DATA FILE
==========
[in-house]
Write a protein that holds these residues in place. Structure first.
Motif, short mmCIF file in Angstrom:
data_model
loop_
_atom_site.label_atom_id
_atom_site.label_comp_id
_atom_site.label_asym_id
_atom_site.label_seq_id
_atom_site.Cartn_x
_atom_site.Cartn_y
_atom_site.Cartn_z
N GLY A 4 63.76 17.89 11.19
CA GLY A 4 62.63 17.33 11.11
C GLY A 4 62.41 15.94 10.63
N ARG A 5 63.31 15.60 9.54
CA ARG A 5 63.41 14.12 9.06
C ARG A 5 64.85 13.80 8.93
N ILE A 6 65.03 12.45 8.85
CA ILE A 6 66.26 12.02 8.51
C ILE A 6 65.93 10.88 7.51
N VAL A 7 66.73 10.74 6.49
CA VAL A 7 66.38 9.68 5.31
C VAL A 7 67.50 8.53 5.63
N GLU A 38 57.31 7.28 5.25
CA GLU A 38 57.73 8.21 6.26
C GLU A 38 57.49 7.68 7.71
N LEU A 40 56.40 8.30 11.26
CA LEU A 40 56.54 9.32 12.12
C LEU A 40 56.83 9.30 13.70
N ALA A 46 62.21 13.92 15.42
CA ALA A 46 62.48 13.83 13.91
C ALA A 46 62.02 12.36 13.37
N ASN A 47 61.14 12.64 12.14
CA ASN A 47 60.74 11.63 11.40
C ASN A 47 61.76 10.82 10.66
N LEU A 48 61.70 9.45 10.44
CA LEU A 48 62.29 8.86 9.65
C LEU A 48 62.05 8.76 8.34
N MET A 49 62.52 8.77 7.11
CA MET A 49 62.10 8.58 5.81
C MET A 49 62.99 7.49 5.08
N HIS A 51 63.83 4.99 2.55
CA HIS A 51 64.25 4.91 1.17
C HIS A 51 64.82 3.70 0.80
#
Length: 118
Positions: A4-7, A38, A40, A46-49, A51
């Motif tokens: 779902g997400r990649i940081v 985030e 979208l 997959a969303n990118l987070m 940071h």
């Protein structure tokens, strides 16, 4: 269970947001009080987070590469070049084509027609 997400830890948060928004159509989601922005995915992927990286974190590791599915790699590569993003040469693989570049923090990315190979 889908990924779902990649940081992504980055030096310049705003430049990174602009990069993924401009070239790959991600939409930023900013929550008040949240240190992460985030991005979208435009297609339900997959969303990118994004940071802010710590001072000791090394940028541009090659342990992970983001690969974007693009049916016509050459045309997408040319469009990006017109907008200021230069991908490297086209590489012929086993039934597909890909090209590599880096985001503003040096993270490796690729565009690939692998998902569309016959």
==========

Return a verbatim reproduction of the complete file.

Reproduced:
[in-house]
Write a protein that holds these residues in place. Structure first.
Motif, short mmCIF file in Angstrom:
data_model
loop_
_atom_site.label_atom_id
_atom_site.label_comp_id
_atom_site.label_asym_id
_atom_site.label_seq_id
_atom_site.Cartn_x
_atom_site.Cartn_y
_atom_site.Cartn_z
N GLY A 4 63.76 17.89 11.19
CA GLY A 4 62.63 17.33 11.11
C GLY A 4 62.41 15.94 10.63
N ARG A 5 63.31 15.60 9.54
CA ARG A 5 63.41 14.12 9.06
C ARG A 5 64.85 13.80 8.93
N ILE A 6 65.03 12.45 8.85
CA ILE A 6 66.26 12.02 8.51
C ILE A 6 65.93 10.88 7.51
N VAL A 7 66.73 10.74 6.49
CA VAL A 7 66.38 9.68 5.31
C VAL A 7 67.50 8.53 5.63
N GLU A 38 57.31 7.28 5.25
CA GLU A 38 57.73 8.21 6.26
C GLU A 38 57.49 7.68 7.71
N LEU A 40 56.40 8.30 11.26
CA LEU A 40 56.54 9.32 12.12
C LEU A 40 56.83 9.30 13.70
N ALA A 46 62.21 13.92 15.42
CA ALA A 46 62.48 13.83 13.91
C ALA A 46 62.02 12.36 13.37
N ASN A 47 61.14 12.64 12.14
CA ASN A 47 60.74 11.63 11.40
C ASN A 47 61.76 10.82 10.66
N LEU A 48 61.70 9.45 10.44
CA LEU A 48 62.29 8.86 9.65
C LEU A 48 62.05 8.76 8.34
N MET A 49 62.52 8.77 7.11
CA MET A 49 62.10 8.58 5.81
C MET A 49 62.99 7.49 5.08
N HIS A 51 63.83 4.99 2.55
CA HIS A 51 64.25 4.91 1.17
C HIS A 51 64.82 3.70 0.80
#
Length: 118
Positions: A4-7, A38, A40, A46-49, A51
């Motif tokens: 779902g997400r990649i940081v 985030e 979208l 997959a969303n990118l987070m 940071h």
């Protein structure tokens, strides 16, 4: 269970947001009080987070590469070049084509027609 997400830890948060928004159509989601922005995915992927990286974190590791599915790699590569993003040469693989570049923090990315190979 889908990924779902990649940081992504980055030096310049705003430049990174602009990069993924401009070239790959991600939409930023900013929550008040949240240190992460985030991005979208435009297609339900997959969303990118994004940071802010710590001072000791090394940028541009090659342990992970983001690969974007693009049916016509050459045309997408040319469009990006017109907008200021230069991908490297086209590489012929086993039934597909890909090209590599880096985001503003040096993270490796690729565009690939692998998902569309016959």